Yemen launches coronavirus vaccination campaign


CAIRO — Yemen’s internationally recognized government began a coronavirus vaccination campaign Tuesday as the U.N. warned the pandemic was “roaring back” in recent weeks.

The campaign started in the southern city of Aden, which serves as an interim capital for the government of President Abed Rabbo Mansour Hadi, according to the U.N. children’s agency.

Health Minister Wasim Buhaibeh and UNICEF Representative Philippe Duamelle were the first to receive shots in Aden.

“So, now the vaccines are available in Yemen. The campaign is rolling to protect people. So, it is important now people come forward,” Duamelle.

The campaign comes three weeks after Yemen received its first 360,000-dose shipment of the AstraZeneca vaccine from the United Nations-backed COVAX initiative.

The shipment, produced by the Serum Institute in India, was the first batch of 1.9 million doses that Yemen would initially receive throughout 2021.

The first stage of the campaign would cover government-held areas. Ishraq al-Sebaei, an official on the government’s emergency coronavirus committee, said they would send 10,000 doses to Houthi-held Sanaa through the U.N. health agency.

Yemen has been convulsed by civil war since 2014 when the Iranian-backed Houthi rebels took control of the capital Sanaa and much of the northern part of the country. That forced Hadi’s government to flee to the south, then to Saudi Arabia. A U.S.-backed, Saudi-led coalition intervened the following year against the Houthis to try to restore Hadi’s rule.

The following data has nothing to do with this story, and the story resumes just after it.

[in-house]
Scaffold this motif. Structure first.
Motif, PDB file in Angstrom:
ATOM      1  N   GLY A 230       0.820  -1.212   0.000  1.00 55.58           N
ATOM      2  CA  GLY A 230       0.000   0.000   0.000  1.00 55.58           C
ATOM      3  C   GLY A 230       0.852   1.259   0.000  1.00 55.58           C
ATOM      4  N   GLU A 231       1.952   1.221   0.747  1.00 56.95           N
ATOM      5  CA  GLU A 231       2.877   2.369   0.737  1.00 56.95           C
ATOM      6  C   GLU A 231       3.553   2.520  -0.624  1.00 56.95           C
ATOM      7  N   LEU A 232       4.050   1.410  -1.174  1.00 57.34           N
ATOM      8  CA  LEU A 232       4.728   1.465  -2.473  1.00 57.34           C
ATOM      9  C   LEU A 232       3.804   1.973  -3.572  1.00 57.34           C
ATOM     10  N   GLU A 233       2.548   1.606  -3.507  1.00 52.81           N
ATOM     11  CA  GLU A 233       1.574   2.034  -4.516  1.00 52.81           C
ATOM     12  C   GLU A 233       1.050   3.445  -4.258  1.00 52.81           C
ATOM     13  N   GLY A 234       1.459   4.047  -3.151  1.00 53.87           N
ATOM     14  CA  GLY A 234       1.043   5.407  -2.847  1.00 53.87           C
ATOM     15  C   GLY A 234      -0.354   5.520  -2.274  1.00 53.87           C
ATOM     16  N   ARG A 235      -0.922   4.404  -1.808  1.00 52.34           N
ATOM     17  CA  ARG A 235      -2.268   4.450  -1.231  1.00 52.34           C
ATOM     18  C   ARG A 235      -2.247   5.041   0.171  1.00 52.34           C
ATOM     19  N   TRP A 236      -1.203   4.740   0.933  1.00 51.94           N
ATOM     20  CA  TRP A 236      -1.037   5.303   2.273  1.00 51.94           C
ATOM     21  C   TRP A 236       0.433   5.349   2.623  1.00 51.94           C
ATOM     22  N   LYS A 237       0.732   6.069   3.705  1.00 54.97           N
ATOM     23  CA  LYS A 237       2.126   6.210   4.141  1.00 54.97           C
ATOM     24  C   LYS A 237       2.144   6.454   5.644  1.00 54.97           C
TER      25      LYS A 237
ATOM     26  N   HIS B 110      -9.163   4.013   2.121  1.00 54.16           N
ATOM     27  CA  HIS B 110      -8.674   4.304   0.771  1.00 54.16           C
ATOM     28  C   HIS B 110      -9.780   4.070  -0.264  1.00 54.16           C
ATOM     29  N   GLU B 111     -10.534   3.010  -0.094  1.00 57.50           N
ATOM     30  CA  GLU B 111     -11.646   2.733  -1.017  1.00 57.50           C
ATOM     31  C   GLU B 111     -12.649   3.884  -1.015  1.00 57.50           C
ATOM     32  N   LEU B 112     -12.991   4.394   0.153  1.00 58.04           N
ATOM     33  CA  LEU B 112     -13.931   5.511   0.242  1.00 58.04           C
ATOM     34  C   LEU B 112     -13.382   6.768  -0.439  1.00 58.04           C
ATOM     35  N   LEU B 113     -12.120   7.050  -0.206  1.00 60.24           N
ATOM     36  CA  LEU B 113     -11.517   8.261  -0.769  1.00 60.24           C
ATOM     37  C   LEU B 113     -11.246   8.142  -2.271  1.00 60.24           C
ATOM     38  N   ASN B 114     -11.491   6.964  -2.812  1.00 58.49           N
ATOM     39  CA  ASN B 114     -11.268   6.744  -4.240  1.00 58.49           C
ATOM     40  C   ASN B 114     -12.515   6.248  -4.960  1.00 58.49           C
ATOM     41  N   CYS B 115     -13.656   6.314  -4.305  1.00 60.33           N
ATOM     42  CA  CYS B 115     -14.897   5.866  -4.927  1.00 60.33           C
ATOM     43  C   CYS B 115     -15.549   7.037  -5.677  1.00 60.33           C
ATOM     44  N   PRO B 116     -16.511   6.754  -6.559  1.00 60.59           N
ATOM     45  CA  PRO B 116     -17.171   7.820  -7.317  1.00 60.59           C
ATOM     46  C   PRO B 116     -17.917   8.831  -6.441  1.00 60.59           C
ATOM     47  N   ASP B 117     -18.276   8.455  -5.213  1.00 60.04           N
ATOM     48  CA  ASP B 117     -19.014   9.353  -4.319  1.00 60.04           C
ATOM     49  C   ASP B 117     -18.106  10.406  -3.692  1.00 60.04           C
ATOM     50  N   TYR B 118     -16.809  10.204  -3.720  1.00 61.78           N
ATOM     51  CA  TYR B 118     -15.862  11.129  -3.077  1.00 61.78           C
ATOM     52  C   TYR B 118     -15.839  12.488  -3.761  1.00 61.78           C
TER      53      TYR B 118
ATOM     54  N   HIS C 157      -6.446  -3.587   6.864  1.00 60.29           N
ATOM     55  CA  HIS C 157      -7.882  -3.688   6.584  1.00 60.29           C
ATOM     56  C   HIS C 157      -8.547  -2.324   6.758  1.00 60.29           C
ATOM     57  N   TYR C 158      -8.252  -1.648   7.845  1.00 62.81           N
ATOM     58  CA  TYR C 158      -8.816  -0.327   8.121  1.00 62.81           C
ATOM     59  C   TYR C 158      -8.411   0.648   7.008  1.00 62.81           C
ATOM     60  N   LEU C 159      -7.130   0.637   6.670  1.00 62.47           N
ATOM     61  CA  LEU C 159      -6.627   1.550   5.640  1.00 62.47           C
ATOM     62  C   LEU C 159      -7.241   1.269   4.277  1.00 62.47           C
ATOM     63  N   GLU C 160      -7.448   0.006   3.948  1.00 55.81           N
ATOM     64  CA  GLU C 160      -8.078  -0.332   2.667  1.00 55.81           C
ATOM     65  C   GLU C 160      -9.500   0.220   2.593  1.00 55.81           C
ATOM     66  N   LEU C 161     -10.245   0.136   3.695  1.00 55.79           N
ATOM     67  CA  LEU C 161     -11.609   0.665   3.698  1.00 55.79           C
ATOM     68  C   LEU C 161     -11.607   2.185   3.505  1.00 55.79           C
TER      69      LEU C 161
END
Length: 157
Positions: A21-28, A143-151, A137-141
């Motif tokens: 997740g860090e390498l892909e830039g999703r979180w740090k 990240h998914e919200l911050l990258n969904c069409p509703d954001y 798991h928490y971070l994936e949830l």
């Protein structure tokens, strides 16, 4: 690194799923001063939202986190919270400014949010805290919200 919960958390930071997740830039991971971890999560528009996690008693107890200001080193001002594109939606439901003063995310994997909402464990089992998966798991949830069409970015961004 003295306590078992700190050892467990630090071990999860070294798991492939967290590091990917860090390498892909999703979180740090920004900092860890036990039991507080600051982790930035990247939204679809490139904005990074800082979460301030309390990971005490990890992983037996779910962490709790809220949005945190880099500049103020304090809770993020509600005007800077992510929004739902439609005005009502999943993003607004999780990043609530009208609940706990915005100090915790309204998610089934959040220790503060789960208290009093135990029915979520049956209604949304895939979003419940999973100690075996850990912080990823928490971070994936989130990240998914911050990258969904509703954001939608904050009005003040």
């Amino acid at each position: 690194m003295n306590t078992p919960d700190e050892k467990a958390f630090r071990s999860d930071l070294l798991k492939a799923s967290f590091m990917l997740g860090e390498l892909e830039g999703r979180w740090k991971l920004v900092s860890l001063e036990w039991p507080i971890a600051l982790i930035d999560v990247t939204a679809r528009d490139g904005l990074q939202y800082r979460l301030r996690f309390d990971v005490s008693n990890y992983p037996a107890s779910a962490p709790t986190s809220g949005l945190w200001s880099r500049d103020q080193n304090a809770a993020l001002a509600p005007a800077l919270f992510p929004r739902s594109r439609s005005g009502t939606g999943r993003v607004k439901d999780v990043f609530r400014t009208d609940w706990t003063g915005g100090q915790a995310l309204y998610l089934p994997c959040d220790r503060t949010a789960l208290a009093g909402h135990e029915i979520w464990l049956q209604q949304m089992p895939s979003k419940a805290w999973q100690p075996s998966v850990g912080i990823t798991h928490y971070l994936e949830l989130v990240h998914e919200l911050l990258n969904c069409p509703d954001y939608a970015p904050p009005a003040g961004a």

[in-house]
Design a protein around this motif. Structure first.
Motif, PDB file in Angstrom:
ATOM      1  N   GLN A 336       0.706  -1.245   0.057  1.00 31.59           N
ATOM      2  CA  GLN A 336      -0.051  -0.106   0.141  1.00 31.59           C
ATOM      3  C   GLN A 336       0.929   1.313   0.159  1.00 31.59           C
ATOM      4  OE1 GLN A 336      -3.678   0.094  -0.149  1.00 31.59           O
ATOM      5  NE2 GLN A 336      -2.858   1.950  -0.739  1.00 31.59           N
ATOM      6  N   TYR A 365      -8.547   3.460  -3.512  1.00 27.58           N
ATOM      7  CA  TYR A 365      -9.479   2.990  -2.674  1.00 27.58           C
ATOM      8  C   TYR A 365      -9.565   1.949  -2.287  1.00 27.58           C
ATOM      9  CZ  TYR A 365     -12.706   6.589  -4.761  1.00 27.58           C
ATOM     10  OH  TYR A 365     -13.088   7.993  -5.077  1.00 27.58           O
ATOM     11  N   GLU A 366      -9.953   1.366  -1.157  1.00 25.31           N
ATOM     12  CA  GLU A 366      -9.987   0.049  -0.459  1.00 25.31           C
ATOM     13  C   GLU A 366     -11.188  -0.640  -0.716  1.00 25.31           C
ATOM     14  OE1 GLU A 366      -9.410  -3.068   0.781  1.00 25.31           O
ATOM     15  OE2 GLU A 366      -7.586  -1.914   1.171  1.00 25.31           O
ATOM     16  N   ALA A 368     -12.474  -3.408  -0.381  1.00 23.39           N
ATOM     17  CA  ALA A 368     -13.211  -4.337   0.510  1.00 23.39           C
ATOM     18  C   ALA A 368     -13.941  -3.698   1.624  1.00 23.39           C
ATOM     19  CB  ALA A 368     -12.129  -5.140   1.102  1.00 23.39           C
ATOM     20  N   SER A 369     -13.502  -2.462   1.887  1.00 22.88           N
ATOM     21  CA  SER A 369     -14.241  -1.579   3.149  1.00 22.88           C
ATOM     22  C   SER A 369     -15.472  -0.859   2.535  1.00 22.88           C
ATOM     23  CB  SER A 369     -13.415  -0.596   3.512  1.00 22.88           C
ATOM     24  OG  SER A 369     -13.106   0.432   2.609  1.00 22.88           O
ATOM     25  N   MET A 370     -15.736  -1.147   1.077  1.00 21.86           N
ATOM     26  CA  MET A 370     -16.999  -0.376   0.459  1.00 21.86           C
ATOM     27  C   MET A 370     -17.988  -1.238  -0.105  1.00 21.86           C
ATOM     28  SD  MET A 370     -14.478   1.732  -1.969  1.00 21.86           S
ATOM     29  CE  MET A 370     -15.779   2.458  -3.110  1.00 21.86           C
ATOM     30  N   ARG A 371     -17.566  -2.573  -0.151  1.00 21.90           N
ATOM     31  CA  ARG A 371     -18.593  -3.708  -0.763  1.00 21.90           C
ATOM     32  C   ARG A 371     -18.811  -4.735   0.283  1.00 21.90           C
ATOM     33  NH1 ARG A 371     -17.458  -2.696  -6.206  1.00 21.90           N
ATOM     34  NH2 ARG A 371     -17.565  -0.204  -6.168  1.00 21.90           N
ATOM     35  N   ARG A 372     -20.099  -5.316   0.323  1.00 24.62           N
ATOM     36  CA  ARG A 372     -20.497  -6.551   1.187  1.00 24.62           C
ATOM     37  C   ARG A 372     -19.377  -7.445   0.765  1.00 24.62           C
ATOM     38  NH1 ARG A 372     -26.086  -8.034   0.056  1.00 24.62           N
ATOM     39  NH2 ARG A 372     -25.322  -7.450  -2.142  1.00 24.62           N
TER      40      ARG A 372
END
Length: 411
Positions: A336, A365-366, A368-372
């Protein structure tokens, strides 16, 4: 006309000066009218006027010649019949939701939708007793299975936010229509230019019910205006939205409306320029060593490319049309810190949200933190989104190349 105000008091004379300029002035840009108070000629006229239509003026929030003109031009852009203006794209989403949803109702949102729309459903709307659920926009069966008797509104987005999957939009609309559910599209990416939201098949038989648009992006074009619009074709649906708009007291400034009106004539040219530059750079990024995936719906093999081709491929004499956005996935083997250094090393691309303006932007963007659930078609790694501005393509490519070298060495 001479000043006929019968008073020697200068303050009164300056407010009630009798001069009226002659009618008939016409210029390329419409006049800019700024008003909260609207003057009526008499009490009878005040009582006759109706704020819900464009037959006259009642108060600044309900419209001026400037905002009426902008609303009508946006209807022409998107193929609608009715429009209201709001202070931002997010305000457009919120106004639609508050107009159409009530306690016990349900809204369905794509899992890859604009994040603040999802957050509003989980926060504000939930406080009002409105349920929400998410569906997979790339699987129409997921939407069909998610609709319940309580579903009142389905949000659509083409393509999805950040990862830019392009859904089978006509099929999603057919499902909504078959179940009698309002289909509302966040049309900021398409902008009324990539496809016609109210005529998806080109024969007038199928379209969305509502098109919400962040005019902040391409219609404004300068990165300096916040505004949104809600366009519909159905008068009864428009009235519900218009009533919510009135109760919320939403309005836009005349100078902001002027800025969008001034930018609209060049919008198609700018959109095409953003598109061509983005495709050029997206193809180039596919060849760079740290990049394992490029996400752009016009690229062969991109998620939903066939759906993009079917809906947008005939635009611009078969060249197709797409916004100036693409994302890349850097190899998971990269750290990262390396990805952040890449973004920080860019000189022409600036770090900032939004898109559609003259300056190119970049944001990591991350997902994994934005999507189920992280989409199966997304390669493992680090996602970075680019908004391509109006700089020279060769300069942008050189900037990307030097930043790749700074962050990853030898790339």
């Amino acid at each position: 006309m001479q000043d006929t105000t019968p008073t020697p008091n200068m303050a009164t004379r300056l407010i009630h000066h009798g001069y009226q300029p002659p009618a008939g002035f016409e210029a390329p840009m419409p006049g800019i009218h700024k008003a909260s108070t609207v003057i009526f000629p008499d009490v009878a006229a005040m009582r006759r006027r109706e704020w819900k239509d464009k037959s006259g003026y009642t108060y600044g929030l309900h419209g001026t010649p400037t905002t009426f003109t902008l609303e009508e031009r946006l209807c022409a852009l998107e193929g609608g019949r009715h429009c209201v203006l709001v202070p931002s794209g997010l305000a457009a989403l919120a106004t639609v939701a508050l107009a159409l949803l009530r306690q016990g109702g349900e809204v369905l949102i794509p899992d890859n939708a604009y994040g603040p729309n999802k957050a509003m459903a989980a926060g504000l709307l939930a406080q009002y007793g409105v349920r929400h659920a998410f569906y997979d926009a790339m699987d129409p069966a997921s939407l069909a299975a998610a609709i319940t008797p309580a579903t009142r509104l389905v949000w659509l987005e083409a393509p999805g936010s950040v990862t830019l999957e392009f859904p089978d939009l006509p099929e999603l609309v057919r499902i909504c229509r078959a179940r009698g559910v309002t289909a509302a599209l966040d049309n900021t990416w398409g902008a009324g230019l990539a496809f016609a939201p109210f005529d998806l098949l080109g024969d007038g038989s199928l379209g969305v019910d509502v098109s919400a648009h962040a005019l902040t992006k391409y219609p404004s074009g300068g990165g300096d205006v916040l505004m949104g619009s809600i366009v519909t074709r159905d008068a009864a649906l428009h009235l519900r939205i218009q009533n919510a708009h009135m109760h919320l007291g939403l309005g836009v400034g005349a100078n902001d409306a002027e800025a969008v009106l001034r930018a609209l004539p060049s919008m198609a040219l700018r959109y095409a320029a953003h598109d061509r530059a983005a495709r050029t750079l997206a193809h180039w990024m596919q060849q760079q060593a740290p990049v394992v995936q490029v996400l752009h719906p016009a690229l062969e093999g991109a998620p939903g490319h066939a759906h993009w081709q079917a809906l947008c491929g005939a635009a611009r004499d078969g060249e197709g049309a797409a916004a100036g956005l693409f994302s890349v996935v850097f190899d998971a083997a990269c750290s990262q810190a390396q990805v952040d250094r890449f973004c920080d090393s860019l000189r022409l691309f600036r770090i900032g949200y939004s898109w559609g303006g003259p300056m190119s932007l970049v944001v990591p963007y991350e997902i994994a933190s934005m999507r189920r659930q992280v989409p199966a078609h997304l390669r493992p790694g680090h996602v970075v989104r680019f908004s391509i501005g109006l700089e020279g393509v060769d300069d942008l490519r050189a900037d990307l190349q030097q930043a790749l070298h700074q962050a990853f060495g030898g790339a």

The vaccination campaign comes as a second wave overwhelms the country’s depleted medical facilities. U.N. humanitarian chief Mark Lowcock warned that the world’s largest humanitarian crisis in Yemen was getting even worse with the COVID-19 pandemic “roaring back.”

The international aid group Doctors Without Borders said Thursday it is witnessing “a dramatic influx” of critically ill COVID-19 patients in the war-stricken country.

“All aspects of the COVID-19 intervention are lacking and need greater international support, from public health messaging, to vaccinations, to oxygen therapy — support is needed across the board,” said Raphael Veicht, the group’s head of mission in Yemen.

More than 3,000 infectious cases, including 800 deaths, have been recorded in Yemen since the outbreak of the pandemic. However, the actual toll is believed to be much higher given the scarcity of testing.

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